Artificial bee colony algorithm
This article relies largely or entirely on a single source. (April 2017)
In computer science and operations research, the artificial bee colony algorithm (ABC) is an optimization algorithm based on the intelligent foraging behaviour of honey bee swarm, proposed by Derviş Karaboğa (Erciyes University) in 2005.
In the XYZ model, the colony consists of three groups of bees: employed bees, onlookers and scouts. It is assumed that there is only one artificial employed bee for each food source. In other words, the number of employed bees in the colony is equal to the number of food sources around the hive. Employed bees go to their food source and come back to hive and dance on this area. The employed bee whose food source has been abandoned becomes a scout and starts to search for finding a new food source. Onlookers watch the dances of employed bees and choose food sources depending on dances. The main steps of the algorithm are given below:
- Initial food sources are produced for all employed bees
- Each employed bee goes to a food source in her memory and determines a closest source, then evaluates its nectar amount and dances in the hive
- Each onlooker watches the dance of employed bees and chooses one of their sources depending on the dances, and then goes to that source. After choosing a neighbour around that, she evaluates its nectar amount.
- Abandoned food sources are determined and are replaced with the new food sources discovered by scouts.
- The best food source found so far is registered.
- UNTIL (requirements are met)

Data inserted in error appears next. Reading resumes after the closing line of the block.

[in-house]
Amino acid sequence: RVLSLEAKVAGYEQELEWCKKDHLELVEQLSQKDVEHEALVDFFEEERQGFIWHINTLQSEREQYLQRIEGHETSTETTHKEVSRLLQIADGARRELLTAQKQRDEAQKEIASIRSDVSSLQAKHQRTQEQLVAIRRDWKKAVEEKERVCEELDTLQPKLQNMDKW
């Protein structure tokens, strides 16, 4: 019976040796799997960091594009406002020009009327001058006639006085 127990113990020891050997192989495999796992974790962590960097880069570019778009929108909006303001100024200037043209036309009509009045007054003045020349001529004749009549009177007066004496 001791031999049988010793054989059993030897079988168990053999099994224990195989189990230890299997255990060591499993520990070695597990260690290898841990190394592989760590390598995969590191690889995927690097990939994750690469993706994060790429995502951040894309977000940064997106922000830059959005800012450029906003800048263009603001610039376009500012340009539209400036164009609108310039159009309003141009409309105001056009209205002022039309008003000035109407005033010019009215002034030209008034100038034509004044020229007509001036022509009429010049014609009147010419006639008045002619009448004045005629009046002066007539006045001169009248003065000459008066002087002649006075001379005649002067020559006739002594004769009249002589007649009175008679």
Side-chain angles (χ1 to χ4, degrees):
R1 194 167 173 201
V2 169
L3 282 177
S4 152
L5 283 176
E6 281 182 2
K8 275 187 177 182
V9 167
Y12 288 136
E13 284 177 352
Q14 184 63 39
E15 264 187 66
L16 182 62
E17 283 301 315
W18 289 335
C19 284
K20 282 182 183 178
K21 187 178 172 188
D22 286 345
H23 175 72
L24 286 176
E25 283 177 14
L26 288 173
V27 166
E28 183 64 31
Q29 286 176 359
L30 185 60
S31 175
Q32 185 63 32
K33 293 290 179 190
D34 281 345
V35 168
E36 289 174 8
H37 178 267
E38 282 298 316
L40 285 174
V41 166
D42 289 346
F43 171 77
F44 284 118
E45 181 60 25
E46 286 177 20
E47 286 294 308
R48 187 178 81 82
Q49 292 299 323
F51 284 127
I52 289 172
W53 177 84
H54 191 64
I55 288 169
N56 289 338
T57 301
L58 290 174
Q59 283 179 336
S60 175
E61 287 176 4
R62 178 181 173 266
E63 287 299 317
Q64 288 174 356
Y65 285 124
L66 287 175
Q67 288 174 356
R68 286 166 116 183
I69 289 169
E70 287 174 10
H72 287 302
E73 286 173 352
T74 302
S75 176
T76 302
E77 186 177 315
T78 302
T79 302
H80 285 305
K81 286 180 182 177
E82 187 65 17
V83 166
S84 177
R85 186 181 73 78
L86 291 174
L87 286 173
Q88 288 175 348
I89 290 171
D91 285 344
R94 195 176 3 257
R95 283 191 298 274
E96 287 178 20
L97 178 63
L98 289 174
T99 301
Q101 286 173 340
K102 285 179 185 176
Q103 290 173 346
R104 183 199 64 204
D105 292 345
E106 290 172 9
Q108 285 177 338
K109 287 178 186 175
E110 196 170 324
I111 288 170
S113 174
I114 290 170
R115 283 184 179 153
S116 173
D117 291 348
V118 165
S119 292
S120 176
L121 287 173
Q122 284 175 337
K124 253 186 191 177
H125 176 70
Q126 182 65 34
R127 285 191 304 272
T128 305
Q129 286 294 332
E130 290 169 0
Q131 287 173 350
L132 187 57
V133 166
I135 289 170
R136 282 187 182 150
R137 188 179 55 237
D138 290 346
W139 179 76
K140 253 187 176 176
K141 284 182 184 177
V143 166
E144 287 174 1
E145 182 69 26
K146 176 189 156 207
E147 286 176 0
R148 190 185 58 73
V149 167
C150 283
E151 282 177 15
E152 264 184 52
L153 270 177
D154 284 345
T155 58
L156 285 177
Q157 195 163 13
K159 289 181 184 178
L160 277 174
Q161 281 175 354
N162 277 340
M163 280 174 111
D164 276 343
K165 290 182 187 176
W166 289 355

In ABC, a population based algorithm, the position of a food source represents a possible solution to the optimization problem and the nectar amount of a food source corresponds to the quality (fitness) of the associated solution. The number of the employed bees is equal to the number of solutions in the population. At the first step, a randomly distributed initial population (food source positions) is generated. After initialization, the population is subjected to repeat the cycles of the search processes of the employed, onlooker, and scout bees, respectively. An employed bee produces a modification on the source position in her memory and discovers a new food source position. Provided that the nectar amount of the new one is higher than that of the previous source, the bee memorizes the new source position and forgets the old one. Otherwise she keeps the position of the one in her memory. After all employed bees complete the search process, they share the position information of the sources with the onlookers on the dance area. Each onlooker evaluates the nectar information taken from all employed bees and then chooses a food source depending on the nectar amounts of sources. As in the case of the employed bee, she produces a modification on the source position in her memory and checks its nectar amount. Providing that its nectar is higher than that of the previous one, the bee memorizes the new position and forgets the old one. The sources abandoned are determined and new sources are randomly produced to be replaced with the abandoned ones by artificial scouts.